In our UU tradition, the minister is more of a fellow traveler on a shared spiritual journey than someone who already knows “the way.” Granted, the minister has been accorded a level of education, and a certain set of skills and abilities, that equip her or him for the tasks of the professional ministry. We clergy types of all stripes have to have those kinds of things if our ministries are to be successful. But the relationship between the minister and the congregation in our UU tradition is one of fellow seekers after meaning, and purpose and spiritual depth in living. And you are expected to be as much a part of that process as the minister who serves you. Together we look for the way that takes us home. I hope you will think on these things as you settle a minister.
I’ll throw in one more piece of self-disclosure as to how I relate to this song as I go about my minister life. Sometimes, in preparing a sermon, I’ll ask myself, Okay do these words “glow with the gold of sunshine” or are they more like a tune “played on the harp unstrung.” It’s usually some of both. But whichever the case, do know that I, too, am someone on this road seeking my own way to wherever home may be; a fellow traveler with you.
I’ll hold up one more verse from Ripple before I move to a close. I’ve already used some of it. Here’s the whole verse:
Reach out your hand if your cup be empty
If your cup is full, may it be again.
Let it be known there is a fountain
That was not made by the hand of man.
If Mr. Hunter were writing the song today he might make it a little more gender inclusive by saying the fountain “is not made by human hands,” but it’s still the same idea. Sometimes you’re going to come here with your cup empty; at other times it will be so full that you’ll come here having plenty to share with others. But whatever the state of your cup I do believe that ultimately we draw from a fountain not made by human hands. It is that Ultimate Source of All Life that is both within and beyond each of us.
However we each envision and name the Source or the Ground of All Life, the Blessed and Holy Spirit of Life about which we sing every Sunday, we come here to partake of it in order that we may walk well on our chosen roads—the ones we walk as individuals and the ones we walk as a part of this covenanted religious community.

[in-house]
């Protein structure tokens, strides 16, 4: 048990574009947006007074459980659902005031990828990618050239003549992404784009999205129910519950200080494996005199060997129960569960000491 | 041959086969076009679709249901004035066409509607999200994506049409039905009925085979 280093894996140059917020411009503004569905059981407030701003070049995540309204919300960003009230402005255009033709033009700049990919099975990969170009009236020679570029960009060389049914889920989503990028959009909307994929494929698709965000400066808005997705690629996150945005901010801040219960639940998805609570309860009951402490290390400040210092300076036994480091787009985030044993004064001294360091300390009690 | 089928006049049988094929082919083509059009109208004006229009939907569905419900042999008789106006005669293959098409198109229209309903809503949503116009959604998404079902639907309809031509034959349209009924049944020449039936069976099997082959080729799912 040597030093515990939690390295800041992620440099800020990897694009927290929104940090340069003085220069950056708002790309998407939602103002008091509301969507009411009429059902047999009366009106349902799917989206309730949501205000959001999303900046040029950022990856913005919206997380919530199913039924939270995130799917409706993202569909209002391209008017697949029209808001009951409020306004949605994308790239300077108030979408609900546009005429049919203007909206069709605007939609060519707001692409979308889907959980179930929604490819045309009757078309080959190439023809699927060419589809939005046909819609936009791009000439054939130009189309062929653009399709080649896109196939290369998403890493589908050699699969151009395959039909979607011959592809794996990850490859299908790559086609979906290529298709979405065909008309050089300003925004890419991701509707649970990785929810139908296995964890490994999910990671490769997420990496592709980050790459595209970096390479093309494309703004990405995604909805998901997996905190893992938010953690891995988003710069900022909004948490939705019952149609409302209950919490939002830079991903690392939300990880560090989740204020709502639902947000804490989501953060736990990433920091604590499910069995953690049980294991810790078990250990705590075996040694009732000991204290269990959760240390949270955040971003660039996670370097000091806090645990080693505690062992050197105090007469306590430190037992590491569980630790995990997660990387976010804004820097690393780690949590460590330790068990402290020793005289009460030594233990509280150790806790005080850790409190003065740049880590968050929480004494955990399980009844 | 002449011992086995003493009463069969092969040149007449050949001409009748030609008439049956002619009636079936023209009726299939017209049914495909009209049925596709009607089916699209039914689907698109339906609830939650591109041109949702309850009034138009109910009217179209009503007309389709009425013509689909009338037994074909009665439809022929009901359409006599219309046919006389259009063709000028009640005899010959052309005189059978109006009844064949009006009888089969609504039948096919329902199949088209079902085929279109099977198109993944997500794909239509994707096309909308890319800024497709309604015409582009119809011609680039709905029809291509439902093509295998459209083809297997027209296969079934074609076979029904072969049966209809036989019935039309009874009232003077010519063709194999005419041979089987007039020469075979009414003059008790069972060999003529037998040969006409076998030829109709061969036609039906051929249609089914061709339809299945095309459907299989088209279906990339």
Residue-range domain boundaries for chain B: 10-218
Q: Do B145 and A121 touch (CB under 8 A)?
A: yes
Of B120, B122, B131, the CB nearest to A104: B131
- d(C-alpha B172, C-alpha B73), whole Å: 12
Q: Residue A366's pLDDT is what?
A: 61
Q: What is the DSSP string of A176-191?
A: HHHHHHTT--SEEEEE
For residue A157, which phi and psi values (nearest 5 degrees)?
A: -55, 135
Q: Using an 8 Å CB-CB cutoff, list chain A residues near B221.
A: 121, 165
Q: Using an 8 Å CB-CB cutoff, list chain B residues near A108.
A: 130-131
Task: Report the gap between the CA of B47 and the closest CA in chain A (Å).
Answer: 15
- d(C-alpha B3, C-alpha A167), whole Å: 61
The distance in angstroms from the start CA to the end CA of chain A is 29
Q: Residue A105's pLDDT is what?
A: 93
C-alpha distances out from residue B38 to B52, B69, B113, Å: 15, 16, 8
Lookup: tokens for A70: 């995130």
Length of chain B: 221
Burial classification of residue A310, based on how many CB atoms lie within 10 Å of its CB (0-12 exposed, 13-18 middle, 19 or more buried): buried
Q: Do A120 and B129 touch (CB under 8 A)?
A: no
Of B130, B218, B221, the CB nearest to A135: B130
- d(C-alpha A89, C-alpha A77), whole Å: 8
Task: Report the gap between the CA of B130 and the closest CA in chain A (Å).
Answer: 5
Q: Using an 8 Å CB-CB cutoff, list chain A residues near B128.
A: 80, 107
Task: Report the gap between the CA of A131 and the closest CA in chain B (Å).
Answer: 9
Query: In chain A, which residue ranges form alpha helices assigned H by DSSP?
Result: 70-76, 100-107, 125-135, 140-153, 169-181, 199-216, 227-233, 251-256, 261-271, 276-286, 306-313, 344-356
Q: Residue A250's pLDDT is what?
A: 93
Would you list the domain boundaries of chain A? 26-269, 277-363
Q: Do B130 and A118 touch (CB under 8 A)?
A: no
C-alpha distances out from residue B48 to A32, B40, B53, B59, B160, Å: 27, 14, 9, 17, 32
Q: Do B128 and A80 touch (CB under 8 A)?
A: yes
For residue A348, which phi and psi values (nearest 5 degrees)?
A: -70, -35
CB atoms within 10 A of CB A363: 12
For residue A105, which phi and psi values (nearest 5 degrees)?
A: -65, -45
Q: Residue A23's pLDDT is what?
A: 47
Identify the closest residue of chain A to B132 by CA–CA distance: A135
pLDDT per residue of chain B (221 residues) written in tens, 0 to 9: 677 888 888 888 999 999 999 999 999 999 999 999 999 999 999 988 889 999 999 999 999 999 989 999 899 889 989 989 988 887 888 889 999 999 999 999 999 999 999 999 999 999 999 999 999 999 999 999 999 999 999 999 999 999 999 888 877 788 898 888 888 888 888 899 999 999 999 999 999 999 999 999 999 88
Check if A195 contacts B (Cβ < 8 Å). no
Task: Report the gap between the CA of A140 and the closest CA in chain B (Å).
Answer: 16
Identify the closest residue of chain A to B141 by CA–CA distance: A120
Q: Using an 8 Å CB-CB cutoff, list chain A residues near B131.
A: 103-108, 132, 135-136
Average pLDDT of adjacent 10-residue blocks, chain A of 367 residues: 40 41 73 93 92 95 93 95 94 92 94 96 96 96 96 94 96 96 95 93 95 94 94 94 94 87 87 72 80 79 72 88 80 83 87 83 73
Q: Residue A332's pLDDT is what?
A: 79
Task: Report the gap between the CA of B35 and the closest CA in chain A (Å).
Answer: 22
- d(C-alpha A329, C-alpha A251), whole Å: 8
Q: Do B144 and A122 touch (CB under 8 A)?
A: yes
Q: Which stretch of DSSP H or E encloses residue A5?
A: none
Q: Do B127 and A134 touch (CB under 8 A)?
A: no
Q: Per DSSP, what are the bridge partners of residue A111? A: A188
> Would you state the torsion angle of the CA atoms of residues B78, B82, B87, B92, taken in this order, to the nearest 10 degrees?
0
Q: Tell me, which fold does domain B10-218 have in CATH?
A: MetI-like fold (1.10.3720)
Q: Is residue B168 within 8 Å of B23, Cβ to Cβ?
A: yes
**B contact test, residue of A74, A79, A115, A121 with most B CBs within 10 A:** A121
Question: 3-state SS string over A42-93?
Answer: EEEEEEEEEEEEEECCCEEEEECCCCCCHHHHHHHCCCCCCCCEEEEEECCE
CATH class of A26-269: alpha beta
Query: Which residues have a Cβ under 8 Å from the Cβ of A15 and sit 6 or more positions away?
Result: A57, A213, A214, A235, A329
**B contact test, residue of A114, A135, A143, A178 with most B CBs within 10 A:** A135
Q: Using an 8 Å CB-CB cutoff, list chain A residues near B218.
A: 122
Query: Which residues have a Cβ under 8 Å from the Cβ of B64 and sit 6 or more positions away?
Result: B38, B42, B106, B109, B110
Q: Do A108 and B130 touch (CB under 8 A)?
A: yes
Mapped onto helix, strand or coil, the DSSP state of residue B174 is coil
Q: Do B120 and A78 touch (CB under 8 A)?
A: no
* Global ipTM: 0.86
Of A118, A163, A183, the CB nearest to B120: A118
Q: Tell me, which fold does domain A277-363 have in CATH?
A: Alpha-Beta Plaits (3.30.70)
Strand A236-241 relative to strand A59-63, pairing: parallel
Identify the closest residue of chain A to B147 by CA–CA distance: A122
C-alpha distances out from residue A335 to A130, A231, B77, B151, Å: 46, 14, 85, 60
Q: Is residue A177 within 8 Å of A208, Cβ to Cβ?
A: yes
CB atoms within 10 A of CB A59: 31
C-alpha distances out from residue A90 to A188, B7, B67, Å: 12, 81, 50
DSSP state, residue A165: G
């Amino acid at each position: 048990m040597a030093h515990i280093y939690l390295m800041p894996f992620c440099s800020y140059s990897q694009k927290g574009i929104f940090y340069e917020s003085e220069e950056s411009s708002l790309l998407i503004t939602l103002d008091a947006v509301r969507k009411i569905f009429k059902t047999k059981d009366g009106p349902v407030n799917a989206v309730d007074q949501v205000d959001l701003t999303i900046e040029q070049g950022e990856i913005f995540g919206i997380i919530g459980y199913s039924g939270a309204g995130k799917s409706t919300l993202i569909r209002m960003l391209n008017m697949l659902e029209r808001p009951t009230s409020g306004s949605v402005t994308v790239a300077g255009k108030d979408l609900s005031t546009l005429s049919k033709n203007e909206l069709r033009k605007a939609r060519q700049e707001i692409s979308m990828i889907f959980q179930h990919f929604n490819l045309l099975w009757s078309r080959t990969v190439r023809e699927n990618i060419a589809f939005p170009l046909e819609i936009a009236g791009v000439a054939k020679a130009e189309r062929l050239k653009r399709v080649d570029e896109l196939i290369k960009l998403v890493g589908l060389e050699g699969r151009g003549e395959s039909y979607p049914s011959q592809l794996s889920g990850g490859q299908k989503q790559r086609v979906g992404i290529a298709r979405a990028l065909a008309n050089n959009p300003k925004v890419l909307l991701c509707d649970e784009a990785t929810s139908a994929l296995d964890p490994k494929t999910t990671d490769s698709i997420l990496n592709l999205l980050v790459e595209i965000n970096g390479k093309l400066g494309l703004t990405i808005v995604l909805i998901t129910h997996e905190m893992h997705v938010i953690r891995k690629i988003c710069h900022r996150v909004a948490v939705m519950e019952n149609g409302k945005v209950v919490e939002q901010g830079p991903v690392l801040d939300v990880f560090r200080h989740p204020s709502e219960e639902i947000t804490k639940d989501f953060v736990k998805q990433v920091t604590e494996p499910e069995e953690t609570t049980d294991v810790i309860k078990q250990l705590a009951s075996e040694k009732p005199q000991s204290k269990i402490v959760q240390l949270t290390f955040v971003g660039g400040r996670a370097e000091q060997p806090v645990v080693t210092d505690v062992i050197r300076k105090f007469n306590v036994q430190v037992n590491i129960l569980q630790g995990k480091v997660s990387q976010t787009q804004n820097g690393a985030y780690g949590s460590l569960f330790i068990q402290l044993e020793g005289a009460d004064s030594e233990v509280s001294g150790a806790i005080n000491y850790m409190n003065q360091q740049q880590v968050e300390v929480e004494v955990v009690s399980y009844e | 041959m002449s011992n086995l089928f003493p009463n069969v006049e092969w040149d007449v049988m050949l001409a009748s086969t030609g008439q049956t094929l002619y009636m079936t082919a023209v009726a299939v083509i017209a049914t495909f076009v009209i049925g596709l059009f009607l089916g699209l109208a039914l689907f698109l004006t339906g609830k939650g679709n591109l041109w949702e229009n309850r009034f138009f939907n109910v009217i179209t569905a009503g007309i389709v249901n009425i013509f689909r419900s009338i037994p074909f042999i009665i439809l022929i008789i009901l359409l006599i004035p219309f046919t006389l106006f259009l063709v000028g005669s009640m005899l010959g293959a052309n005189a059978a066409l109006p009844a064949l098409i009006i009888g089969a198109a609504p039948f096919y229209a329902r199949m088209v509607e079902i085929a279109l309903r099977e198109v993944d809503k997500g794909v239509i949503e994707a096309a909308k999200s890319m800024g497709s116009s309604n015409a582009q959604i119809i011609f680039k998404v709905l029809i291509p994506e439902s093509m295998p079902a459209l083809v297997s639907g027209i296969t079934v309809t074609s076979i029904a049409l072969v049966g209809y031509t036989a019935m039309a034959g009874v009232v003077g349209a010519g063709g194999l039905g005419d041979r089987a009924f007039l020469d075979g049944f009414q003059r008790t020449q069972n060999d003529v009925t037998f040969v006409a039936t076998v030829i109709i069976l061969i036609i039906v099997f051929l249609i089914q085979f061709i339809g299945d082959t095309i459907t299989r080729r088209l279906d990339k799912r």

We UUs have spent more time than we need to, I feel, contending over what the right and proper name of this fountain should be—sometimes to the point that we never get around to actually drinking from it. I think we have a deep and rich fountain here to refresh and nurture each and all of us on our life journeys. I hope we can each and all partake well of this fountain. As for its precise name, well, once again I’m with Robert Hunter:
“I don’t know, don’t really care; Let there be songs to fill the air.”
One more base to touch now: As I said earlier in the service, I’m grateful to Vicki Merriam, and those who joined with her, to offer what I understand was a wonderful service last Sunday. By the time that service got underway I was fast asleep, having spent two consecutive nights on a bus; while, during the day in between, walking (when it was possible to walk) in the largest crowd I’ve ever been in, and been a part of. And all of it in a vast ocean of pink hats.
I refer, of course, to the Women’s March (which certainly had its share of men) in Washington, DC a week ago yesterday. It was good to be with a delegation of members and friends from this congregation, and such a great number of folks from my former congregation in Nashua.
I can’t get into much of a discourse now on all the feelings I came away with following such an incredible experience. I’ll offer this: As disaffected as I feel with the current state of the American Presidency—a disaffection I’ve never felt before, and my memories of our country’s Presidents go back to Mr. Eisenhower—I came home feeling good. Being in the midst of the throngs that were there, and then learning of similar kinds of throngs that were gathering in cities and towns across America, did give me the assurance that this is still my country, and it’s still worth staying in the struggle for.
Feeling good, however, is not the same thing as being naïve. To return to the song we’ve been exploring this morning, for those of us who seek to stand on the side of love, for those of us who seek to be agent of that moral arc of the universe bending towards justice, the road ahead is anything but a simple highway. It will be a terribly difficult road at times, as has been well demonstrated in just this past week. The way in which we travel in the days ahead will determine whether were as a society are headed for yet another dawn in the life of our nation, or for the dark of night. I came away from last weekend hopeful that we will choose to work towards yet another dawn rather than surrender to the forces of the dark of night.
Let the words of our closing hymn, then, be a promise we make to each other going forward. They are written by Carolyn McDade, who also gave us the wonderful gift of “Spirt of Life.” The hymn is number 346, “Come sing a song with me.”
January 29, 2017